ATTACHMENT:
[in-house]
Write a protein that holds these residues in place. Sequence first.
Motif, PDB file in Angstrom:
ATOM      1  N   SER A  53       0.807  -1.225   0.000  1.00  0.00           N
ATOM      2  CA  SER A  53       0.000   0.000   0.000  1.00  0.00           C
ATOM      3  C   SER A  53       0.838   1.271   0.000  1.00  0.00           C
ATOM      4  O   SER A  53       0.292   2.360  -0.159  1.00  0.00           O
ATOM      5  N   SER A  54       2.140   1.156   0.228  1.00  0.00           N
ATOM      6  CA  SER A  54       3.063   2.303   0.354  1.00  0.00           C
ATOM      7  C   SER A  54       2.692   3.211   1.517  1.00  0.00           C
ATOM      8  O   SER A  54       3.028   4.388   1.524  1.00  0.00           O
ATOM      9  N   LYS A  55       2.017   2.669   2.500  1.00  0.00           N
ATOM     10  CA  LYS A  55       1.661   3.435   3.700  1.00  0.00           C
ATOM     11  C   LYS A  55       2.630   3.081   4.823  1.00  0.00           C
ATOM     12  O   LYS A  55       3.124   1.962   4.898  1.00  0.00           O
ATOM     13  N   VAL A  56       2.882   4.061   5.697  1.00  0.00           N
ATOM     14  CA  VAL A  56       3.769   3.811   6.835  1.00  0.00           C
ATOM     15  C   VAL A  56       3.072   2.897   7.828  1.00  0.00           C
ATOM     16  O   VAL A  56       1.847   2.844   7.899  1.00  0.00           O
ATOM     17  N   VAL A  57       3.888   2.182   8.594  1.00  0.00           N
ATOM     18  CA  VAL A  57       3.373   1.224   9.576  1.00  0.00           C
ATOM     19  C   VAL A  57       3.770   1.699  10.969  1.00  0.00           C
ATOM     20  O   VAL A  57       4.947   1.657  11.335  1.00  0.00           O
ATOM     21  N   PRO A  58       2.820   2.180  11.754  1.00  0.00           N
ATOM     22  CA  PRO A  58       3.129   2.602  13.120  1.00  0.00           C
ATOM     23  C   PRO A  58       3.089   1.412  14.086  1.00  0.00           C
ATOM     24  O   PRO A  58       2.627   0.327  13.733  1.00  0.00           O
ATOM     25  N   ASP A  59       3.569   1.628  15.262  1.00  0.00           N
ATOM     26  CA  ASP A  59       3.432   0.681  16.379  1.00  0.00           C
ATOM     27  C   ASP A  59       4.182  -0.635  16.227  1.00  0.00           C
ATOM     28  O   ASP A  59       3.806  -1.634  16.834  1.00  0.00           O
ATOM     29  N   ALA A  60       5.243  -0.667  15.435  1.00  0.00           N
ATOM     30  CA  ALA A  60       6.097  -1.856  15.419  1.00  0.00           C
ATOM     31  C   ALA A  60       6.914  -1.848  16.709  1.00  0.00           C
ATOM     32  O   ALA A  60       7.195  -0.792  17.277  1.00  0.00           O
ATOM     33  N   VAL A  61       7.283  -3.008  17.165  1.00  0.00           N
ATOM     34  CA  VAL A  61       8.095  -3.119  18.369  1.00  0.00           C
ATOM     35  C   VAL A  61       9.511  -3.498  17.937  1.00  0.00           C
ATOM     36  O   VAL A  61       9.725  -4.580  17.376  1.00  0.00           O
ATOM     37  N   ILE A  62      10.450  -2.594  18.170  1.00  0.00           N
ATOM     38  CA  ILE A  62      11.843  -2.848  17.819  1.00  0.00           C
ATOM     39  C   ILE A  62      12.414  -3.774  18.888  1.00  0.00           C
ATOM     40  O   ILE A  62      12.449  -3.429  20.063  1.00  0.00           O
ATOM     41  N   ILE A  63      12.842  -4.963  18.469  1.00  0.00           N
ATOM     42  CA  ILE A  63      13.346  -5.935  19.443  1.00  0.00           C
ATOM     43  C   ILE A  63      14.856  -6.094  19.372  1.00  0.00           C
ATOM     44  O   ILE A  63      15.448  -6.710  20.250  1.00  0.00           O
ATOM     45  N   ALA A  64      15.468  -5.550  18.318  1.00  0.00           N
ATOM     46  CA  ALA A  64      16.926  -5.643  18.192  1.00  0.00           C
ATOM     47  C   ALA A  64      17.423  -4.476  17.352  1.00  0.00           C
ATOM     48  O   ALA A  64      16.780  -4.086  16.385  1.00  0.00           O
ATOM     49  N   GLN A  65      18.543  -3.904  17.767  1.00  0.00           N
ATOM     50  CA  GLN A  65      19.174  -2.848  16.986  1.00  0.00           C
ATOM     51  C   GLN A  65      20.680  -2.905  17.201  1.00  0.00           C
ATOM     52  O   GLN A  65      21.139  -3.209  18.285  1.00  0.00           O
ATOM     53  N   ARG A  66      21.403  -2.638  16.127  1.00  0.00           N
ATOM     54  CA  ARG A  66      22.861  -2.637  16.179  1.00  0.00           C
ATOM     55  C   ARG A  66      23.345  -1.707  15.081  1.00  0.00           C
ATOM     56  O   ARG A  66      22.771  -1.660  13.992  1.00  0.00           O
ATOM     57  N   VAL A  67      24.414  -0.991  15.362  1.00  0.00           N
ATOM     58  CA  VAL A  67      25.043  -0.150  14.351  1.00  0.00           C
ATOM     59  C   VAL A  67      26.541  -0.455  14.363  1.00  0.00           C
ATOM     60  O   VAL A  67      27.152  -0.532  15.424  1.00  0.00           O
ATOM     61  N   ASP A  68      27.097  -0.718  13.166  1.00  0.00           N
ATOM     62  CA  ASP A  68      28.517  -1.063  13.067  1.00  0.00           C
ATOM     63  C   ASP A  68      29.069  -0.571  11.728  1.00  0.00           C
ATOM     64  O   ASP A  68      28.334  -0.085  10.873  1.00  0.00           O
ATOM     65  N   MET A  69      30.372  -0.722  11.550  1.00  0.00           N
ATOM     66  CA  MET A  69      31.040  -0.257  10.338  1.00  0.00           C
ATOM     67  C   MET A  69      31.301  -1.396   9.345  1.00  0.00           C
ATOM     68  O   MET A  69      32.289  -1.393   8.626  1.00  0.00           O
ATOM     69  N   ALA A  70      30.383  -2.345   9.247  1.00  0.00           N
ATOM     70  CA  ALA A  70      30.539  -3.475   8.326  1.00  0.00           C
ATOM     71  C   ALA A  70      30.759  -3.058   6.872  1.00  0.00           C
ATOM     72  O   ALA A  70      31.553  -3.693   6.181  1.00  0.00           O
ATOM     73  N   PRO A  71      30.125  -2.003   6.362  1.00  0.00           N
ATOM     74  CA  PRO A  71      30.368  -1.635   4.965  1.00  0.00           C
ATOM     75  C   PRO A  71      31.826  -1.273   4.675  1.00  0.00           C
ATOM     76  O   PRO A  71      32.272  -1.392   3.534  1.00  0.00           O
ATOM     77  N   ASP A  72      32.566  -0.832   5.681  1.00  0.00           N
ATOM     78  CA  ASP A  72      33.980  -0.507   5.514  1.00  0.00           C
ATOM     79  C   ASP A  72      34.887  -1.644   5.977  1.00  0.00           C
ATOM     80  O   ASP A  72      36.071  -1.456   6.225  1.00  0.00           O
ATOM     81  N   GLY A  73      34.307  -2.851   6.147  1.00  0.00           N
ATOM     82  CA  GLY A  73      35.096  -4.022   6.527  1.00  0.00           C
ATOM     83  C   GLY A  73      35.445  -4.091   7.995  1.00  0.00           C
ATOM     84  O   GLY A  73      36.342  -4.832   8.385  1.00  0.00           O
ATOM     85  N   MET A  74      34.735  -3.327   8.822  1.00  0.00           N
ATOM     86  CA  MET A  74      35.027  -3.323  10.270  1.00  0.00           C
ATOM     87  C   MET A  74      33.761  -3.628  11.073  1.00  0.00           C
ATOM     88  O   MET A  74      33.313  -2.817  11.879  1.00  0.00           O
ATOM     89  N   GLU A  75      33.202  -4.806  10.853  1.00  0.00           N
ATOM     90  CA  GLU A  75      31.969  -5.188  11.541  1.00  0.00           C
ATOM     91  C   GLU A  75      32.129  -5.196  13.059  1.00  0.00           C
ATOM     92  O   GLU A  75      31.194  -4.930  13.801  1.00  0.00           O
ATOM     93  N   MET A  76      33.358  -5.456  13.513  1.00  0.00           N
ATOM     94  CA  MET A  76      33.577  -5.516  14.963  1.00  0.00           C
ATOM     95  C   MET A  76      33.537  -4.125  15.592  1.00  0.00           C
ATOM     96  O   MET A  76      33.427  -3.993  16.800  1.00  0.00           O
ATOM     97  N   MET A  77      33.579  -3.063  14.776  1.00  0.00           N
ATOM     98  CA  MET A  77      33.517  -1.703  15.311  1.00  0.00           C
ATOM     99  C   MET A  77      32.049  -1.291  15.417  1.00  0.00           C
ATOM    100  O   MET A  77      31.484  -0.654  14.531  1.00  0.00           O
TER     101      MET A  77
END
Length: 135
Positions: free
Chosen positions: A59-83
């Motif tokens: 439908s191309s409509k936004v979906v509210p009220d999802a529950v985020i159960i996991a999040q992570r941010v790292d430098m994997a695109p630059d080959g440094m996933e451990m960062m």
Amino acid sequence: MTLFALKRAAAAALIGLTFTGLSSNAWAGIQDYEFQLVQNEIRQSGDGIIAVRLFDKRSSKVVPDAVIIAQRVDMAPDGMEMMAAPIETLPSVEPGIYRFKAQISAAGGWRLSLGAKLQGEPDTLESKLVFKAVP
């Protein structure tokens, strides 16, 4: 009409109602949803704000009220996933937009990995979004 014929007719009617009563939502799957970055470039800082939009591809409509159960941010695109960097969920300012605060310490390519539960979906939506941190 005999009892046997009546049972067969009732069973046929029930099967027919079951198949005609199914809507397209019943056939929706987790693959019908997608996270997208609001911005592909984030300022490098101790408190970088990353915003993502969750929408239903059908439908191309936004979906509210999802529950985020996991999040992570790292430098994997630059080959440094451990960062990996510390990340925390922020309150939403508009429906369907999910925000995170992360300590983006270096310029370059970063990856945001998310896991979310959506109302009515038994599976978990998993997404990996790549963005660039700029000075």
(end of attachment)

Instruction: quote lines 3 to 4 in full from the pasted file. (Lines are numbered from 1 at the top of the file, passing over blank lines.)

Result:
Motif, PDB file in Angstrom:
ATOM      1  N   SER A  53       0.807  -1.225   0.000  1.00  0.00           N